Michigan Lung and Critical Care MLCC sleep lab Grand Blanc Sleep Apnea Gregory Streff Mark Rittenger Pradeep Ramachandran

Sleep Apnea

sleep apnea

Sleep apnea is a condition in which a person either stops breathing completely or has shallow breathing that causes a drop in blood-oxygen level during sleep.

Causes, incidence & risk factors

  • There are 3 kinds of sleep apnea, obstructive, central and mixed.
  • Obstructive sleep apnea: breathing stops as a result of collapse of the airway. Airway collapse can be caused by several factors including excessive tissue at the back of the throat (enlarged tonsils), the tongue falling backwards into the throat and weakness in the muscles in the airway.
  • Central sleep apnea: breathing stops as a result of a complication in the central nervous system.
  • Mixed sleep apnea: breathing stops as a result of a combination of obstruction and central nervous system complication.
  • Risk of sleep apnea increases with:
    • Being overweight
    • Family history of sleep apnea
    • Body habitus (persons with a large neck circumference, recessed chin or abnormal structures of the upper airway are at increased risk of having sleep apnea)
    • Smoking
    • Use of alcohol or sedating drugs
    • African-American, Pacific Islander or Mexican descent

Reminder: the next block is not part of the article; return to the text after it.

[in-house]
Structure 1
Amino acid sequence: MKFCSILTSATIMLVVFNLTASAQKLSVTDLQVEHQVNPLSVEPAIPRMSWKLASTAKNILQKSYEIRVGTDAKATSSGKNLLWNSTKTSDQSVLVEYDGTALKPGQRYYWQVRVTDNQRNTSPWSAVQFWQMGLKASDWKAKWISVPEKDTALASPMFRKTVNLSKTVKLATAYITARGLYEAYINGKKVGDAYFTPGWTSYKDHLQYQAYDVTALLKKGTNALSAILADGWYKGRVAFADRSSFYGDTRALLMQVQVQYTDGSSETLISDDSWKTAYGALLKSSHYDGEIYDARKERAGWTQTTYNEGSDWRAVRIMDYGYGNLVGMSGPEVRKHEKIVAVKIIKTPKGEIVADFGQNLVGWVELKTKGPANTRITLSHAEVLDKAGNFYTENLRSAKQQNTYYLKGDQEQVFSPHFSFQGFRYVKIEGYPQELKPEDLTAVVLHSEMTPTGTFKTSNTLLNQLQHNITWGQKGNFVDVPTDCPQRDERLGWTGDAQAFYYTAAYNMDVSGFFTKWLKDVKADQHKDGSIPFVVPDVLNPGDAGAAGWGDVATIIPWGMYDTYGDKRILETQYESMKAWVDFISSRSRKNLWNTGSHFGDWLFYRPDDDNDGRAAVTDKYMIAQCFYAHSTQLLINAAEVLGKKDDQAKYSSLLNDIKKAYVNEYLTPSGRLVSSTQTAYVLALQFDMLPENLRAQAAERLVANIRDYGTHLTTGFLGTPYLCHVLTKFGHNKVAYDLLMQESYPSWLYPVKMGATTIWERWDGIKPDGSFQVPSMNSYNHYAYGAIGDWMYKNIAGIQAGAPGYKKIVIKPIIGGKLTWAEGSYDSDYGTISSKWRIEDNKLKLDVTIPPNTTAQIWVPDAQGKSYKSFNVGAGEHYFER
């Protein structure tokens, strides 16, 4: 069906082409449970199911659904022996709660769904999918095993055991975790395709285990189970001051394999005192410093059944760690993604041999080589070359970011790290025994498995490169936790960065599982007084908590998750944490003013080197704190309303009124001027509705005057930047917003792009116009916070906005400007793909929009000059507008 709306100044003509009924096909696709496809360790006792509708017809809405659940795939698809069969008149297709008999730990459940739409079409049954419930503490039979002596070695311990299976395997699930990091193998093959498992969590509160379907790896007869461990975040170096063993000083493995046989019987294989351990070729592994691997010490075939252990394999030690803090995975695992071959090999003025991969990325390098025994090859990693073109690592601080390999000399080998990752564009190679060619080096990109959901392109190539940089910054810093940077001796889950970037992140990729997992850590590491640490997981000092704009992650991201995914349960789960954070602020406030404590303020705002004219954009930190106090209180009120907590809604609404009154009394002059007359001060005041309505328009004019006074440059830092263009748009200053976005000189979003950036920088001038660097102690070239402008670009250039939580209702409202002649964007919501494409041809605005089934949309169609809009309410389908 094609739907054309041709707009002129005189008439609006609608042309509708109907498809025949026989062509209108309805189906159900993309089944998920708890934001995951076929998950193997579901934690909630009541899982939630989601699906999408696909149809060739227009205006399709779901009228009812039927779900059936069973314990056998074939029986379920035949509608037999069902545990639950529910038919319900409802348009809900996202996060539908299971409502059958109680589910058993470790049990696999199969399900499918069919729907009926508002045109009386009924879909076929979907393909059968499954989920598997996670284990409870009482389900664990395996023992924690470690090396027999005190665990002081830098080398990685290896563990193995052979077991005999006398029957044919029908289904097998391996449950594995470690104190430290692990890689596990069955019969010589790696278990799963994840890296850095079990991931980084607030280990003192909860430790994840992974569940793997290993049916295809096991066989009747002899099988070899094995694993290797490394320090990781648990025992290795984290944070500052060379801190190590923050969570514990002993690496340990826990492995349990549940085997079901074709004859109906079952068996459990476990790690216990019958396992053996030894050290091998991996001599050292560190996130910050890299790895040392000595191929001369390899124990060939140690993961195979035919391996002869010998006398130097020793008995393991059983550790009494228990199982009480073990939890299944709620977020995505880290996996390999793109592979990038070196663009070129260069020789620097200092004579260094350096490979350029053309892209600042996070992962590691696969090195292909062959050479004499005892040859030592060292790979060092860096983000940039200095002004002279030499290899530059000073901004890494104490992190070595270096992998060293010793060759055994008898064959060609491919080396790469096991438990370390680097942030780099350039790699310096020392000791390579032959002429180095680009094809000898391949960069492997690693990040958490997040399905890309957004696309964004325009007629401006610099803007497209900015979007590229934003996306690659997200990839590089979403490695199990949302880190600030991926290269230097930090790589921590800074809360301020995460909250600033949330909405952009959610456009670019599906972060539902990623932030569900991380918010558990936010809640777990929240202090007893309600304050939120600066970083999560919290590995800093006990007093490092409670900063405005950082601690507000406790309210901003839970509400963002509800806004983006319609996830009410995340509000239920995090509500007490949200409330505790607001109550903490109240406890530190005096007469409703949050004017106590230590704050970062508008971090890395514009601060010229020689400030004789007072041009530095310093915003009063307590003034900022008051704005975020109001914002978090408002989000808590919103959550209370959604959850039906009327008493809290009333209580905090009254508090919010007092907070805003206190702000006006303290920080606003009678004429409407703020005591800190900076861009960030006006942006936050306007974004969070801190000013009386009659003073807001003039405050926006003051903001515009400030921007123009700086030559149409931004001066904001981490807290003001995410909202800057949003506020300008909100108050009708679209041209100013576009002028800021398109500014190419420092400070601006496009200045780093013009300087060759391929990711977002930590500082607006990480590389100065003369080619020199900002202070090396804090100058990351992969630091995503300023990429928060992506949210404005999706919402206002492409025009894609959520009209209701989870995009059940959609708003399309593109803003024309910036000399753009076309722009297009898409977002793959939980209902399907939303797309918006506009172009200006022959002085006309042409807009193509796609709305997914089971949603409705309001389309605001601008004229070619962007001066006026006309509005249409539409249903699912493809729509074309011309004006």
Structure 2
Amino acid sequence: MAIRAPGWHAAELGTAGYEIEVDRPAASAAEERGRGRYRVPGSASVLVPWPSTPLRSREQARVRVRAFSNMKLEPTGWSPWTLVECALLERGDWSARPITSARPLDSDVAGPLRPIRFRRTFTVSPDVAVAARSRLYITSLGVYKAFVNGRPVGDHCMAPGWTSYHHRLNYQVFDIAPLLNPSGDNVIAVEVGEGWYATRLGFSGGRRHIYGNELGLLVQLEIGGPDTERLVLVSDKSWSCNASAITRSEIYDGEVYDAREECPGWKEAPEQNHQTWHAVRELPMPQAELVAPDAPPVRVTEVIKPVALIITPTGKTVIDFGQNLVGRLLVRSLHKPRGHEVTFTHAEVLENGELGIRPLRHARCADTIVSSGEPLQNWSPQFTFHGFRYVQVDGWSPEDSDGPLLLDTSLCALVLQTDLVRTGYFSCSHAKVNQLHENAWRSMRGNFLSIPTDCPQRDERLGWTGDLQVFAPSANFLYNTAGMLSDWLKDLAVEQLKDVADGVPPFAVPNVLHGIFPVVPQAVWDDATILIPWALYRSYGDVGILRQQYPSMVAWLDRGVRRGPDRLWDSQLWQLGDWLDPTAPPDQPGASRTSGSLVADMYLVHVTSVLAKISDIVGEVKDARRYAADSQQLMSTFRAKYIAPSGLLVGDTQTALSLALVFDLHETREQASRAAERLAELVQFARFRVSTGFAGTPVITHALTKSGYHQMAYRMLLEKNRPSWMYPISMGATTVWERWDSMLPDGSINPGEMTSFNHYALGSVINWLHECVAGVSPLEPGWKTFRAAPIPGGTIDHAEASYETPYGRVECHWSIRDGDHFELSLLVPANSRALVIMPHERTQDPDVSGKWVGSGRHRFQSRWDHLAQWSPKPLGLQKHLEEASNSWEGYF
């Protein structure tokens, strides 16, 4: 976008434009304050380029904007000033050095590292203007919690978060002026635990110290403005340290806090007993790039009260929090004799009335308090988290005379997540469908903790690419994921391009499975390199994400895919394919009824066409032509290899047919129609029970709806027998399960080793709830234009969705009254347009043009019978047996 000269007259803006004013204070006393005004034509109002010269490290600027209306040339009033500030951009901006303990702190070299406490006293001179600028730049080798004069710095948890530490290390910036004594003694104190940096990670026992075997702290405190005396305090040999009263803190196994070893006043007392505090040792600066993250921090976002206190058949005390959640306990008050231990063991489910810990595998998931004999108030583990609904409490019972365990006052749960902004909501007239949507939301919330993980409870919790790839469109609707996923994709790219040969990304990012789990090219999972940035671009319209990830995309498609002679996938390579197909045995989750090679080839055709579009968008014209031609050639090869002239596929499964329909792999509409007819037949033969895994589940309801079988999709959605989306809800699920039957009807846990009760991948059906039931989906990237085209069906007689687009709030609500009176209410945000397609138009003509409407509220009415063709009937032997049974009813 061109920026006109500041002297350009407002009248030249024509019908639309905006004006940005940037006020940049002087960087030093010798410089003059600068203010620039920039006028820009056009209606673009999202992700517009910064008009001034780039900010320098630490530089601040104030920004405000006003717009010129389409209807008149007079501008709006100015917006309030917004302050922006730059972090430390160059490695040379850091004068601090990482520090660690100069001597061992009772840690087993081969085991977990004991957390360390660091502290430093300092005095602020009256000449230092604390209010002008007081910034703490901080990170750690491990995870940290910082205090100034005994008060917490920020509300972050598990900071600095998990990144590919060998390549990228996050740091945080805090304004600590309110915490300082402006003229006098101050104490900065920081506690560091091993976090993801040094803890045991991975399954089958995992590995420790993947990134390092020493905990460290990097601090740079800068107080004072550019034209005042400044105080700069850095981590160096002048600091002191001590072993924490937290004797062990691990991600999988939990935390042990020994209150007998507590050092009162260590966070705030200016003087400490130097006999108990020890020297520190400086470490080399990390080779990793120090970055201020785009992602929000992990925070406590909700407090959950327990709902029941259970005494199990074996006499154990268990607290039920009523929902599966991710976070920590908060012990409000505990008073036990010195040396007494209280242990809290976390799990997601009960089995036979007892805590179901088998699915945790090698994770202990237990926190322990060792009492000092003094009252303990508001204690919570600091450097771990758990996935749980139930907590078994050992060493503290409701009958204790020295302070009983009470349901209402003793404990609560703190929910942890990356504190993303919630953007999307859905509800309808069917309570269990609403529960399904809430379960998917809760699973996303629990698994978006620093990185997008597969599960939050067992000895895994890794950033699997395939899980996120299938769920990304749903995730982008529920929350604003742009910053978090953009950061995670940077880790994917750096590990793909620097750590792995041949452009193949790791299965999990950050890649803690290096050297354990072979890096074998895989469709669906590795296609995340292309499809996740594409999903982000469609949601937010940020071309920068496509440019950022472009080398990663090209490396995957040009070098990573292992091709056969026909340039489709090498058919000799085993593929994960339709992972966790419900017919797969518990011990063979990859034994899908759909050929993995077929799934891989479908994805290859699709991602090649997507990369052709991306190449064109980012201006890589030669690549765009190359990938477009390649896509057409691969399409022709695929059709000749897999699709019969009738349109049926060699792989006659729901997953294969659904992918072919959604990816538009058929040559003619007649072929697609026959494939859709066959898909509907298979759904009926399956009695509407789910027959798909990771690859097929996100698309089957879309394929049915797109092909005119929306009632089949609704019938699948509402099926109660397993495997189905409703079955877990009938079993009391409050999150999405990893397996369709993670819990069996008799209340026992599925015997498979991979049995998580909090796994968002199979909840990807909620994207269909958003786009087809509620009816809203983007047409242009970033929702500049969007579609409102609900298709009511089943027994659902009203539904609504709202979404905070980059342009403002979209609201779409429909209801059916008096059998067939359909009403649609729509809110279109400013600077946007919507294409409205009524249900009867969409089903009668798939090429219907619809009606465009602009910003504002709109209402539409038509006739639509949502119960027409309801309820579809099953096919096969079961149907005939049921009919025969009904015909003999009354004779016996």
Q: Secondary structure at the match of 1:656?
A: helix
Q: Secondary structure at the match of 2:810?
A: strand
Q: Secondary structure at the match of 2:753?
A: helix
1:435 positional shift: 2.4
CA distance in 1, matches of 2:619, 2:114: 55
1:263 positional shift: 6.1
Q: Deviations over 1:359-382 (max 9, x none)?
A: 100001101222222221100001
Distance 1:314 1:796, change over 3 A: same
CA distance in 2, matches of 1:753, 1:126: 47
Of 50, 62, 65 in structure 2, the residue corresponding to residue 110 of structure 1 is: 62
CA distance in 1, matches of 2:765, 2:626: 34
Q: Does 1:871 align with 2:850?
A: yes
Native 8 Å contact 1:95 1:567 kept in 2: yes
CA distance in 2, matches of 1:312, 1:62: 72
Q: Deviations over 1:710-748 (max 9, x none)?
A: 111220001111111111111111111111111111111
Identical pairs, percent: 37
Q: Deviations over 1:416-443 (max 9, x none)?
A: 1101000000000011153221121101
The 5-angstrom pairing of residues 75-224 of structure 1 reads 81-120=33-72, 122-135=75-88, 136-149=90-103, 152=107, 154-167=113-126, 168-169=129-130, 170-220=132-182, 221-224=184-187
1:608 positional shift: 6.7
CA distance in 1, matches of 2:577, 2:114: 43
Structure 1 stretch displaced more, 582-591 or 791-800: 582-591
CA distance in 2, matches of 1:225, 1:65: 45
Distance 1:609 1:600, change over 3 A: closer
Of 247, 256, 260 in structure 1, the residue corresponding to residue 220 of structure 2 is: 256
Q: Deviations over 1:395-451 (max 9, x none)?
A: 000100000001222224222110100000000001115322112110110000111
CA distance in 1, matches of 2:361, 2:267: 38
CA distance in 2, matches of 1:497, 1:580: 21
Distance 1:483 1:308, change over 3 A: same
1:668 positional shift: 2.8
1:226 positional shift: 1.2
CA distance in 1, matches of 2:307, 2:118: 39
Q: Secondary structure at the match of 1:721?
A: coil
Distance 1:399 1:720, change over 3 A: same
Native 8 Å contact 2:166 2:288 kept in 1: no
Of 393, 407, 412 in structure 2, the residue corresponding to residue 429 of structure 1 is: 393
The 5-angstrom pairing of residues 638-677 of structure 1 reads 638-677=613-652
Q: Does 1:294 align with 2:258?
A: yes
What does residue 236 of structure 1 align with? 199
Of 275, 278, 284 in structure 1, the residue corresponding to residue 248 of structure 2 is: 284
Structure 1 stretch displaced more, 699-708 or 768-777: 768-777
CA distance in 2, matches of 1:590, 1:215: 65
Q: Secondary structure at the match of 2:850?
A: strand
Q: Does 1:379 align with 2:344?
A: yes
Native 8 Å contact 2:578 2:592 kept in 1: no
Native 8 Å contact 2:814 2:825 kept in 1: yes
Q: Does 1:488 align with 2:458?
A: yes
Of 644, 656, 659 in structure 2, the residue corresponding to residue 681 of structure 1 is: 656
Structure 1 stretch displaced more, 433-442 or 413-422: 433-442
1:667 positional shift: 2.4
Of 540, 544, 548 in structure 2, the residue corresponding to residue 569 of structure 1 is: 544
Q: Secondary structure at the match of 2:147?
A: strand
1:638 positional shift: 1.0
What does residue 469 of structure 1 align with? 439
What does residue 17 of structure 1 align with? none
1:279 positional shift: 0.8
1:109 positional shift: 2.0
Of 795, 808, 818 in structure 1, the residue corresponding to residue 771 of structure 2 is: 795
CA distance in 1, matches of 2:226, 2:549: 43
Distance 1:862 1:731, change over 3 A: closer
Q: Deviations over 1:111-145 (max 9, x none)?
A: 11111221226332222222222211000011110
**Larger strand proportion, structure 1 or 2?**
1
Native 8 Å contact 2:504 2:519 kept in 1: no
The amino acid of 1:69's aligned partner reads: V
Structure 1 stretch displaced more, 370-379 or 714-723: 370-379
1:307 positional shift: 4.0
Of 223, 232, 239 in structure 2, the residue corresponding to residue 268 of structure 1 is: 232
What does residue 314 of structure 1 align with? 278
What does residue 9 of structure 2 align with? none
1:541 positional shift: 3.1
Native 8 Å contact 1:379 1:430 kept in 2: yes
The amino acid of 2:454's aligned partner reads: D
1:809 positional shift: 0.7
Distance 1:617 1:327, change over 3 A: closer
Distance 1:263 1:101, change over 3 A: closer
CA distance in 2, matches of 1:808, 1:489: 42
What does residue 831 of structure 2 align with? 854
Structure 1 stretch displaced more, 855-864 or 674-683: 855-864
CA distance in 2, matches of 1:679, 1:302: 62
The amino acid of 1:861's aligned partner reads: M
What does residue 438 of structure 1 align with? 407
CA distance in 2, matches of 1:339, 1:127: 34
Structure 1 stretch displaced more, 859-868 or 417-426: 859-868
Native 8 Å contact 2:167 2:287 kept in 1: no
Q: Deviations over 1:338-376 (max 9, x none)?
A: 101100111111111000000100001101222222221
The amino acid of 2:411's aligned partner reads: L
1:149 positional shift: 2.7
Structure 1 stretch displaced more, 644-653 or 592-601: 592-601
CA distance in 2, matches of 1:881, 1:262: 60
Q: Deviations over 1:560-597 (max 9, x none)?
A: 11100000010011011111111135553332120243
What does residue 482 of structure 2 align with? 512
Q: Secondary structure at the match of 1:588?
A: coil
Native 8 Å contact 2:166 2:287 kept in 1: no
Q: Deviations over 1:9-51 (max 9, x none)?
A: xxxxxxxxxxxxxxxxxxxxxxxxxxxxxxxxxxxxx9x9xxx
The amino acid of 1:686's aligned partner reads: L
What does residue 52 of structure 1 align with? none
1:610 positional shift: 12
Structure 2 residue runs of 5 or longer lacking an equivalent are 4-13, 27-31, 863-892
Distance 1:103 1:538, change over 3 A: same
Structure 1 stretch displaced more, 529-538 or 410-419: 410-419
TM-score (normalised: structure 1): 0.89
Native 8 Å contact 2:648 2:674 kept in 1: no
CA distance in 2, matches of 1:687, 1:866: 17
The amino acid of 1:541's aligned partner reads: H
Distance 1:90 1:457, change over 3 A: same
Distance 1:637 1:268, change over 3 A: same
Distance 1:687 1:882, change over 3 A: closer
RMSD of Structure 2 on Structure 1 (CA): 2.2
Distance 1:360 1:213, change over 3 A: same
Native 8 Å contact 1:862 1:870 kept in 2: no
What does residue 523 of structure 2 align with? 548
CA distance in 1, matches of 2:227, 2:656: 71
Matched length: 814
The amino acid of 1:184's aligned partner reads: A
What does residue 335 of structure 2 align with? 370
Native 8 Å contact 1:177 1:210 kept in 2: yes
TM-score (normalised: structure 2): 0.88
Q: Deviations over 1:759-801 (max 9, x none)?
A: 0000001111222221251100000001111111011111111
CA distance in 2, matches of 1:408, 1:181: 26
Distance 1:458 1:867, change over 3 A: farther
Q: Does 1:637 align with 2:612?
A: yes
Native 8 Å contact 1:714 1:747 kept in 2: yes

• Acid reflux
    • Facial cranial abnormalities


  • Snoring
  • Waking up frequently during the night
  • Not feeling rested from sleep
  • Falling asleep easily in the early evening
  • Headaches upon awakening in the morning
  • Decreased memory and concentration
  • Leg Edema

Sleep apnea can only be diagnosed with a nocturnal polysomnography (sleep study). For this test, you spend a night a sleep lab and they monitor your breathing (in addition to other things) while you sleep to determine if you stop breathing.

Currently there are no medications that have been proven effective for the treatment of sleep apnea. At this time, CPAP therapy (treatment with a mask that delivers continuous positive airway pressure to the airway while you sleep) is the most effective and least invasive treatment option for sleep apnea. Surgery is sometimes needed for severe cases that do not respond to CPAP therapy.

Complications of Not Breathing

  • Hypertension
  • Atrial Flutter
  • Heart Failure
  • Sudden Death
  • Stroke                                   
  • Impotency                                                            
  • Depression 
  • Memory Problems
  • Car Accident 
  • GERD
  • Kidney Failure
  • Pulmonary Hypertension




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